Welfare

DairyNZ is actively involved in the area of animal welfare. At a very basic level, animal welfare can be viewed as treating animals in a positive way, with the minimum amount of suffering and disruption to their lives.

In practical terms, treating animals with regard to their welfare (and in accordance with the 'Five Freedoms') can have positive effects on production, such as increased milk yield.

The Five Freedoms

The Five Freedoms were developed in the UK in 1965 and form the cornerstone of modern animal welfare.  They are recognised internationally as representing the fundamental requirements of all animals.  The Five Freedoms are:

  • Freedom from Hunger and Thirst - by ready access to fresh water and a diet to maintain full health and vigour
  • Freedom from Discomfort - by providing an appropriate environment including shelter and a comfortable resting area
  • Freedom from Pain, Injury or Disease - by prevention or rapid diagnosis and treatment
  • Freedom to Express Normal Behaviour - by providing sufficient space, proper facilities and company of the animal's own kind.
  • Freedom from Fear and Distress - by ensuring conditions and treatment which avoids mental suffering

(From the Brambell Report, 1965.)

The Animal Welfare Act 1999, the Dairy Cattle Code of Welfare 2014 and the Painful Husbandry Procedures Code of Welfare 2005 are key documents governing how animals are treated.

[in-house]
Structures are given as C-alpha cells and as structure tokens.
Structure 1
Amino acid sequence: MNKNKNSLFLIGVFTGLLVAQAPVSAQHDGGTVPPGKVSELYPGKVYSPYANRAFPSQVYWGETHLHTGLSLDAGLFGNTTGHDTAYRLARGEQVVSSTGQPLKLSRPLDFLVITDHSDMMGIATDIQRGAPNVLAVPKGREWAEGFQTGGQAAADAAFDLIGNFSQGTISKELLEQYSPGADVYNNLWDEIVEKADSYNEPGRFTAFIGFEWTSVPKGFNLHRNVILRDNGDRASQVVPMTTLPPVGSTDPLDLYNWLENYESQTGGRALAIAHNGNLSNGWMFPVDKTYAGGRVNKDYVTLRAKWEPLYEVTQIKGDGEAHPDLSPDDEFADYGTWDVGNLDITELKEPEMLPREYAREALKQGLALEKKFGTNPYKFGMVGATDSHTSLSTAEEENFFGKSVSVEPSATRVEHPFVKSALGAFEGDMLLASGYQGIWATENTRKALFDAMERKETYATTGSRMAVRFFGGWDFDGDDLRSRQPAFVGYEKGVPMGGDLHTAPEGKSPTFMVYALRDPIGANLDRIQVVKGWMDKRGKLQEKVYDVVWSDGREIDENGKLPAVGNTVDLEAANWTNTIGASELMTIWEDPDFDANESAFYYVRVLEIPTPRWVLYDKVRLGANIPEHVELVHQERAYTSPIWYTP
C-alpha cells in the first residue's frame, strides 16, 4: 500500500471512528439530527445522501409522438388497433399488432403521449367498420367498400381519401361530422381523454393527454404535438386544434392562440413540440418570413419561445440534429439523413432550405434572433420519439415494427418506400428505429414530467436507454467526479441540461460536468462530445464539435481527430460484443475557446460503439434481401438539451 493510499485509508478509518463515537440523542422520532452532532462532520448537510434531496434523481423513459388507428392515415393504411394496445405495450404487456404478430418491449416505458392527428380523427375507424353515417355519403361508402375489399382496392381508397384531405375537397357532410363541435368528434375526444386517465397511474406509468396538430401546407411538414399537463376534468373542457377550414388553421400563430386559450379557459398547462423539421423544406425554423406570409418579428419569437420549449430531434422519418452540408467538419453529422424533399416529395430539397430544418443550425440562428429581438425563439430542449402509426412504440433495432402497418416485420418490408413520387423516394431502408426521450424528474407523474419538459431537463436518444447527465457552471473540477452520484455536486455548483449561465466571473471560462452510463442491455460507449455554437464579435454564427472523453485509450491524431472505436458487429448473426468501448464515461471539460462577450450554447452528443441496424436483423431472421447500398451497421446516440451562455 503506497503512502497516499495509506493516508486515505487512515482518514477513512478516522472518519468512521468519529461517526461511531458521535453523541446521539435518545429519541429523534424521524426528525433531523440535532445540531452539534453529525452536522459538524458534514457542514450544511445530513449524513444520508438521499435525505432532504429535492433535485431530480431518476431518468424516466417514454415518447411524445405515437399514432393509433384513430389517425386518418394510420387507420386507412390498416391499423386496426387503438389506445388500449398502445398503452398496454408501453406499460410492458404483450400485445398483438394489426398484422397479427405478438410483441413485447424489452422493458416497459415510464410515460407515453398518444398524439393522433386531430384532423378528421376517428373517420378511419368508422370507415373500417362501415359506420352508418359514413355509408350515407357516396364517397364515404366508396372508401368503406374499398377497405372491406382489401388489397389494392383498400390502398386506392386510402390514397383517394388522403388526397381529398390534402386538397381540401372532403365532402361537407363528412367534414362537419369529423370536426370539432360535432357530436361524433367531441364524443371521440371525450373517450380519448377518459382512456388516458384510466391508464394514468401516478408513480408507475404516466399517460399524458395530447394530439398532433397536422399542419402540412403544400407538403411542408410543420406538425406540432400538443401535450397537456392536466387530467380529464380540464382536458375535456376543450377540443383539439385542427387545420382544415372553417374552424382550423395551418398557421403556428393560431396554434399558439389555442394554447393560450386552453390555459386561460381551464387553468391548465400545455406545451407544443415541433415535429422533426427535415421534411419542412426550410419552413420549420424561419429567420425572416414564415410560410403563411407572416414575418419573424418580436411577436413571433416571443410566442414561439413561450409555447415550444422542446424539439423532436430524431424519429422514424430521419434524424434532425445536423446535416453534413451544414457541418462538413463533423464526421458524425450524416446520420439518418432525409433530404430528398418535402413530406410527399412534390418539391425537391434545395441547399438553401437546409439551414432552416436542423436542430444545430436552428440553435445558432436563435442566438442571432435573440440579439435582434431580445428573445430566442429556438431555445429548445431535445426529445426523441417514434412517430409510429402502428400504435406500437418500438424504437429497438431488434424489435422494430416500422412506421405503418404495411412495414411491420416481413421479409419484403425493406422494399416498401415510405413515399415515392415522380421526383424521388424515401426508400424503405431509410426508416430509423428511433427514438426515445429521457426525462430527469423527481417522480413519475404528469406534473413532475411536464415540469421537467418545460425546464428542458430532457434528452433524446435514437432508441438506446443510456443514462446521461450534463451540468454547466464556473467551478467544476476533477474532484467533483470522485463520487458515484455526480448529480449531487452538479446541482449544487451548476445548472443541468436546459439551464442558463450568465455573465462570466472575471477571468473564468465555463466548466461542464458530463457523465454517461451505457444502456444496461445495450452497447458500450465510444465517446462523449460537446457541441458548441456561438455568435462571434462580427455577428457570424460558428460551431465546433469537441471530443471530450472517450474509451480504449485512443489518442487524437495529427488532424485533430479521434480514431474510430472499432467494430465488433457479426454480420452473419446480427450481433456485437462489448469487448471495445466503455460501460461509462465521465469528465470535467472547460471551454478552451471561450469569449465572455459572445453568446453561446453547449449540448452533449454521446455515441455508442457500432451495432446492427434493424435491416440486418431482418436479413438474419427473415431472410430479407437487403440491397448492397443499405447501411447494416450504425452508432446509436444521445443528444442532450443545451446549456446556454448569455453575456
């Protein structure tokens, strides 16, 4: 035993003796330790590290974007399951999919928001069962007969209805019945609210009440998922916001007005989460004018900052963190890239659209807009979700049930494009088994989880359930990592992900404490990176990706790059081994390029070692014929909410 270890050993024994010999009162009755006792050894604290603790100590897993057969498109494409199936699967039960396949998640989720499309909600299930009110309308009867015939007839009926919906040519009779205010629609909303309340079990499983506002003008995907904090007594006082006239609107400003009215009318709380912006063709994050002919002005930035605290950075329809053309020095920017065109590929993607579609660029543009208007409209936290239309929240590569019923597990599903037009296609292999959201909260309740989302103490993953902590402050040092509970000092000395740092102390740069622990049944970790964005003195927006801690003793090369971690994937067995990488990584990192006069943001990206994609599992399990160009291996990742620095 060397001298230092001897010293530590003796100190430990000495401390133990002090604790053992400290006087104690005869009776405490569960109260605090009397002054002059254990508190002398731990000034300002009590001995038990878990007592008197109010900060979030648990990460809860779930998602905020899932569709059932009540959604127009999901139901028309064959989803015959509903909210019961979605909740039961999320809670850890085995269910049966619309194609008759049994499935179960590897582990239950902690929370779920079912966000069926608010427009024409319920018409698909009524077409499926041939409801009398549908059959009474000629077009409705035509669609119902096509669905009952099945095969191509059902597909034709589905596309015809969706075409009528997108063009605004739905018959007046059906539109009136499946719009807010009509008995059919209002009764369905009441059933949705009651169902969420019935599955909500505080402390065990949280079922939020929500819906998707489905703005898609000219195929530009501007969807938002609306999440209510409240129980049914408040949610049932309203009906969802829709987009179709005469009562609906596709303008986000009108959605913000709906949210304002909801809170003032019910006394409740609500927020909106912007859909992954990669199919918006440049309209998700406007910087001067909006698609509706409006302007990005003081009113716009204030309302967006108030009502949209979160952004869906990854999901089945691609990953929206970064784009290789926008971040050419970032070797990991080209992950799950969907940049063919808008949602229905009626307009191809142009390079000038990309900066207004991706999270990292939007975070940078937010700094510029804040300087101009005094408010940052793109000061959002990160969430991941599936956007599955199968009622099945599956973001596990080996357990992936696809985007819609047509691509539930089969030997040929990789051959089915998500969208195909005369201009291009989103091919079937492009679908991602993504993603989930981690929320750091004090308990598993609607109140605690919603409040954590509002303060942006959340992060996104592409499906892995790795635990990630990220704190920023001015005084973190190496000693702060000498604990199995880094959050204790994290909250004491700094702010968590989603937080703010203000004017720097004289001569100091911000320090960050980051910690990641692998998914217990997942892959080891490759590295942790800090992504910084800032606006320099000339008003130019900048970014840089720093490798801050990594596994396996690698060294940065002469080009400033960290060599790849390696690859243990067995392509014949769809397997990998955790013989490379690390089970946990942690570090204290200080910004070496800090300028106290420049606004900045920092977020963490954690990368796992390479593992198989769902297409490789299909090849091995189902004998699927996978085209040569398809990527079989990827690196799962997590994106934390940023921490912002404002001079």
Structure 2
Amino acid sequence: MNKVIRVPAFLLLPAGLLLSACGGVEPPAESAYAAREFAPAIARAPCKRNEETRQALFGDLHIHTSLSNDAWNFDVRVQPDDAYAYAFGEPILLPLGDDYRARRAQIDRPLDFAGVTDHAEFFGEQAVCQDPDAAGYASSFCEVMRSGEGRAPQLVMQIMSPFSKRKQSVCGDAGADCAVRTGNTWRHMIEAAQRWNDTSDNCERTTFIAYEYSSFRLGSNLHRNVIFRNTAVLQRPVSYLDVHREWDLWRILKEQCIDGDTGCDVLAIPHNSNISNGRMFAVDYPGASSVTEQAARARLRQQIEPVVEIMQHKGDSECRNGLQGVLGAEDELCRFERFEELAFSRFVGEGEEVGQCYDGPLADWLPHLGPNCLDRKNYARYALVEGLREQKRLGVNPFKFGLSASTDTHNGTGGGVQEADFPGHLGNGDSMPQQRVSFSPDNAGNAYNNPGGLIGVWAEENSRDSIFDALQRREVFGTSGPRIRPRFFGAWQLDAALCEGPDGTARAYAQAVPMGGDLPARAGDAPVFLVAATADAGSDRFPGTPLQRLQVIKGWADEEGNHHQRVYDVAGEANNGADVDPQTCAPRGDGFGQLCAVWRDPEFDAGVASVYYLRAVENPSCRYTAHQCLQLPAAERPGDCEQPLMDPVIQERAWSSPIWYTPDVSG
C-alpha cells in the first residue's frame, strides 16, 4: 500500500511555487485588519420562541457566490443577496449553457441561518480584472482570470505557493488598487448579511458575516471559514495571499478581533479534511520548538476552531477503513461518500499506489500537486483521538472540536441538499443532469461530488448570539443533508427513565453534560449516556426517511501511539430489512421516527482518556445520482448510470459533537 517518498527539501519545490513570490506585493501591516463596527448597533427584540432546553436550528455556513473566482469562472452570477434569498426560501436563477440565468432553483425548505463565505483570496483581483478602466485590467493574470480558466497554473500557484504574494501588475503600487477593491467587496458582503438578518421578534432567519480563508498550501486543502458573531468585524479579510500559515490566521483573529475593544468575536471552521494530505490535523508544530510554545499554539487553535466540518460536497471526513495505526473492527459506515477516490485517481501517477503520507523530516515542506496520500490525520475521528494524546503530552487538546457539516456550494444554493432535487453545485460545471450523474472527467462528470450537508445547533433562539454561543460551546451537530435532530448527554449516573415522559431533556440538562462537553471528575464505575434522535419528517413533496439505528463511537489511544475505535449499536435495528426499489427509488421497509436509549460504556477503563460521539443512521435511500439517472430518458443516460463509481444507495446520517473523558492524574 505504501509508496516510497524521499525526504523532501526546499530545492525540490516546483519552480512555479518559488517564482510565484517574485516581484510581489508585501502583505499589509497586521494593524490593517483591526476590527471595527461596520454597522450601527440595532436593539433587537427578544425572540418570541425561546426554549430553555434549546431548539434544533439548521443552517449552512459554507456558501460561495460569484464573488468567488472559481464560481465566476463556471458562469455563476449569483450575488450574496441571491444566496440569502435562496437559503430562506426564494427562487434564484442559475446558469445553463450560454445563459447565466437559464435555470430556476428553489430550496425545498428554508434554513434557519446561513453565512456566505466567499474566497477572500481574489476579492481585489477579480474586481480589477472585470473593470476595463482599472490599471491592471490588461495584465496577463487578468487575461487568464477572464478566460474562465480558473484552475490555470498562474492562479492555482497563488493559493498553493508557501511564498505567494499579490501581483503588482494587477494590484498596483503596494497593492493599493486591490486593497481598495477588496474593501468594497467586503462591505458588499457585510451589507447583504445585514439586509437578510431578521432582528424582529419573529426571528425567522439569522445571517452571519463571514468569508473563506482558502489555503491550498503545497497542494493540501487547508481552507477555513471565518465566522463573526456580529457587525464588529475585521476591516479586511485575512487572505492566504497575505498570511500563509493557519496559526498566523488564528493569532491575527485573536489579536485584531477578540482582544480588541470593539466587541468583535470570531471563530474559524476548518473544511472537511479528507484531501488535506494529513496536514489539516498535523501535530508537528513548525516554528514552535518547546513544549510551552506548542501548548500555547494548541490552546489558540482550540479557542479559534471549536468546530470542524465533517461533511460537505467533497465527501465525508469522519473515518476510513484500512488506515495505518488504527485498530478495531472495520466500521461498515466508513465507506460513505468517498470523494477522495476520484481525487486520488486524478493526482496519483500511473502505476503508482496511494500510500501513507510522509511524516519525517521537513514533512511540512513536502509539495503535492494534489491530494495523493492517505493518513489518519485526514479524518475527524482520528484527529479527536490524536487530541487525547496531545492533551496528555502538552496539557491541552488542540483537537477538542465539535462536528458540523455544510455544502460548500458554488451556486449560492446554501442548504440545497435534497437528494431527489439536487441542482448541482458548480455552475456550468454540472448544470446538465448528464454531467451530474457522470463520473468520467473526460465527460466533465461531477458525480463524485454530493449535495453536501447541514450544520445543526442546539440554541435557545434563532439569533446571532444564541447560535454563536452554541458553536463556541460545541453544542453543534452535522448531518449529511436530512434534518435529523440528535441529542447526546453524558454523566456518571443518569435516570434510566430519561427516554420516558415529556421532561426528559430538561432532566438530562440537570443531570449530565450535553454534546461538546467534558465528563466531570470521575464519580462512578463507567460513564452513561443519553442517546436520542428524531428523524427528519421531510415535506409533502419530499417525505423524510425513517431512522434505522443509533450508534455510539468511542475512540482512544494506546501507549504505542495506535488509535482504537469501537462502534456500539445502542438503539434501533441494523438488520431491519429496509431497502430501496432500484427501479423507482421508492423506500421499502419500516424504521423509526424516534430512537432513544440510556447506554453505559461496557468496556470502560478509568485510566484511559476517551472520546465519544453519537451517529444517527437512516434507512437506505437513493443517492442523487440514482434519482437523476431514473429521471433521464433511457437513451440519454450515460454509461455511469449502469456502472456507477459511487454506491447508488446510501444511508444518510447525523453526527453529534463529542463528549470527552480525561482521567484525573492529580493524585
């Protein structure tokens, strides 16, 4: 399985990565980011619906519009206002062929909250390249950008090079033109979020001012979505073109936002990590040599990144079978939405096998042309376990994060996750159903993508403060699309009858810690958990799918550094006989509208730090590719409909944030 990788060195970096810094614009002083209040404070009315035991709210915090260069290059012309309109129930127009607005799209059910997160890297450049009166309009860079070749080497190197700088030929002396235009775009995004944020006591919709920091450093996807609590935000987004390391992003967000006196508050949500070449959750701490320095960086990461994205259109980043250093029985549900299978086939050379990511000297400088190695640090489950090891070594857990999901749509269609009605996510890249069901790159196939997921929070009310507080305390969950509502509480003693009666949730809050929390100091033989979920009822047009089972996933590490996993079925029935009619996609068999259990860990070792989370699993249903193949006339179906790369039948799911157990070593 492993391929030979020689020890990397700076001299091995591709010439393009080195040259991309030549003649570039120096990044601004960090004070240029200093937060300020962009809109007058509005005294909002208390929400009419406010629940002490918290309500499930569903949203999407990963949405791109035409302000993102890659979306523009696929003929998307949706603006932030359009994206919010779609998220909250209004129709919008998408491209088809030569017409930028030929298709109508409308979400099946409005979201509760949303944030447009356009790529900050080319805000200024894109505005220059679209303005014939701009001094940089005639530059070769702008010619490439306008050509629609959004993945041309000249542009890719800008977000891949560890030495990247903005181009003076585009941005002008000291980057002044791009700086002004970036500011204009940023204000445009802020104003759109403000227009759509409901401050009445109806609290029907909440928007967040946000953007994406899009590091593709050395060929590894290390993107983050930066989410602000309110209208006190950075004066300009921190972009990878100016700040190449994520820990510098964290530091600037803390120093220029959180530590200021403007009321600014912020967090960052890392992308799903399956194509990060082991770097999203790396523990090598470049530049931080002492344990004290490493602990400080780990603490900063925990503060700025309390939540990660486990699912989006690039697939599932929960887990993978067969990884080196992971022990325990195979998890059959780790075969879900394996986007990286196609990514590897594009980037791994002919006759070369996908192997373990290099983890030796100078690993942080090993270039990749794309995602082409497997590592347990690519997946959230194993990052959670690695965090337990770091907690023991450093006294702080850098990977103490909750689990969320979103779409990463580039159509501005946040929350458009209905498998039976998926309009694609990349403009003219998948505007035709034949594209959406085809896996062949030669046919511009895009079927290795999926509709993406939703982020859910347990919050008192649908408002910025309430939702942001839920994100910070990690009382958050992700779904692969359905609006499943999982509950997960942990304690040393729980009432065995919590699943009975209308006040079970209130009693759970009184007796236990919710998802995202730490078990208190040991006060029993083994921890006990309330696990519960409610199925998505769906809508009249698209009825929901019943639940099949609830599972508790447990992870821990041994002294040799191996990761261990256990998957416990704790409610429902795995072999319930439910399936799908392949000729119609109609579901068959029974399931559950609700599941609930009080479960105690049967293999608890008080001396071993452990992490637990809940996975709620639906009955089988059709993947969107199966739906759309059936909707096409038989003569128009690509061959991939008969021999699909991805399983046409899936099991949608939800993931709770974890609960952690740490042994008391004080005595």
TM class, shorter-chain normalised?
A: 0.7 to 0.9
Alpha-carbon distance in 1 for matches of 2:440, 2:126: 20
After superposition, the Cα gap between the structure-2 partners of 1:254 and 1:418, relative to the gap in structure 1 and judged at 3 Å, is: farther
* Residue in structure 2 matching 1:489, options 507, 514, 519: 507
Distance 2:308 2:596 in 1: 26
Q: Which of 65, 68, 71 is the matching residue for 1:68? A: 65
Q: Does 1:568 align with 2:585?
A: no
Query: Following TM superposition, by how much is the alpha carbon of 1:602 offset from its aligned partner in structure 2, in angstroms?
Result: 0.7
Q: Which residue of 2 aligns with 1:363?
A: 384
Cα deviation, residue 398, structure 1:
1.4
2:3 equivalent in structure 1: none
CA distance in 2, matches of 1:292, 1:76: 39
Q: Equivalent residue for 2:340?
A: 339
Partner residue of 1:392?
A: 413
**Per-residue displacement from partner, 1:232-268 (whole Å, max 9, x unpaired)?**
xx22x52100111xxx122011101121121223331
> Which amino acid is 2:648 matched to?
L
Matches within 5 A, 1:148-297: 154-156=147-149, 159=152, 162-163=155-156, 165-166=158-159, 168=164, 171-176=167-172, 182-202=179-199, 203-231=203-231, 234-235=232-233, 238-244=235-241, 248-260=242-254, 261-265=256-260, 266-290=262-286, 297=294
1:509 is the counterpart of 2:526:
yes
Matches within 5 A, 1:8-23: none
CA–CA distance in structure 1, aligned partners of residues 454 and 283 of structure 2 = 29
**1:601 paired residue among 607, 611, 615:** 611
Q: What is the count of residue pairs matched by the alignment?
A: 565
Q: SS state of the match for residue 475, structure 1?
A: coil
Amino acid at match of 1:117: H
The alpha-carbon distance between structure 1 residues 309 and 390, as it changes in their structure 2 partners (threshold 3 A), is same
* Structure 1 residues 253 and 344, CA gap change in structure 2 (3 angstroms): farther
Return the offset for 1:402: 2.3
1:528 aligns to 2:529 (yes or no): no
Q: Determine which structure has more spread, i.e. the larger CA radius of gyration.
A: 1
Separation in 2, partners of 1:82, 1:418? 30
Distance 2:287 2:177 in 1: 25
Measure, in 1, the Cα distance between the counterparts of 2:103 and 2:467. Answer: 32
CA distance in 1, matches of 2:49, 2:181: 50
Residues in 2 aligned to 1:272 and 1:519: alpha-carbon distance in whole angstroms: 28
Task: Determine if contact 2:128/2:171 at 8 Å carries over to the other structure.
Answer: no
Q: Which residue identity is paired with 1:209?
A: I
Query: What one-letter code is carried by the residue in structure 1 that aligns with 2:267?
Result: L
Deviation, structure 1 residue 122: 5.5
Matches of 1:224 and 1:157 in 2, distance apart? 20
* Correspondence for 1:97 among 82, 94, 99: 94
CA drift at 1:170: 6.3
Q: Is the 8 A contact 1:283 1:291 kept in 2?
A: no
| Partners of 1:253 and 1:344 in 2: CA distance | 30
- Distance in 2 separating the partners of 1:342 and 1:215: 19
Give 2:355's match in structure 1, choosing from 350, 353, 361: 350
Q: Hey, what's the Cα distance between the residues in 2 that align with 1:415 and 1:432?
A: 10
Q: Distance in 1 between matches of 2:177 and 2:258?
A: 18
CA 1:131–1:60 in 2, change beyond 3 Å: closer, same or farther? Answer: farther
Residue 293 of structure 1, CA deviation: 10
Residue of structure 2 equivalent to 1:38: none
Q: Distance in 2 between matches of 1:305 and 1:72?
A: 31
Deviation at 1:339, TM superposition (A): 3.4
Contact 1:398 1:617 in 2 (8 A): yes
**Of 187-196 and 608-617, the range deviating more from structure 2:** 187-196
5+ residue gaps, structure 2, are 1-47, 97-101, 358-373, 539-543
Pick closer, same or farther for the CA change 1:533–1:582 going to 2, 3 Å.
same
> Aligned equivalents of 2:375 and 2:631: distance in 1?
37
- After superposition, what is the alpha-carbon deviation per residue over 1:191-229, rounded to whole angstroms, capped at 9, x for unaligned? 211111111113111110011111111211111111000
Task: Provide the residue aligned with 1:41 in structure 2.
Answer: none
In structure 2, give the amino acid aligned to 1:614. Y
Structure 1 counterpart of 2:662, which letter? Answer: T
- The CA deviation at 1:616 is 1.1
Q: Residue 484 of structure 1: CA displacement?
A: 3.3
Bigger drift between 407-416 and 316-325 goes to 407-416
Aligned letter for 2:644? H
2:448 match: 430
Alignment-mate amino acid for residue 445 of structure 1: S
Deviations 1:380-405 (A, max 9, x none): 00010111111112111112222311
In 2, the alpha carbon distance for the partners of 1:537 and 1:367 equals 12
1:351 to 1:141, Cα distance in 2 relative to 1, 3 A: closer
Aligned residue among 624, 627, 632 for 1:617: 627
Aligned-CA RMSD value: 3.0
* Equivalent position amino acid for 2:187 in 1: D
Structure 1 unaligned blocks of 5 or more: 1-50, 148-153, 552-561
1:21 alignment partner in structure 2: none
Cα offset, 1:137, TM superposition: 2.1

Animal Welfare Act

The Animal Welfare Act 1999 establishes welfare obligations on every person who owns or is in charge of dairy cattle. For more information see the Animal Welfare Act frequently asked questions below:


Dairy Cattle Code of Welfare

The Dairy Cattle Code sets out standards of care and recommended world best practices for the management of dairy cattle. DairyNZ has an important role to play in making farmers aware of the code and in promoting the recommended good practices.

Dairy Cattle Code of Welfare 2014


Painful Procedures Code

The Painful Husbandry Procedures Code of Welfare was issued by the Minister of Agriculture in late December 2005.  It contains a number of provisions which affect dairy farmers.  The following questions and answers are intended to provide guidance with interpretation of the Code.

For more information seee the Painful Procedures Code frequently asked questions below:

 

For detailed information concerning the process surrounding the Painful Husbandry Procedures Code of Welfare, including deliberations, explanation of decisions made and a full bibliography, see the official report at www.biosecurity.govt.nz/animal-welfare.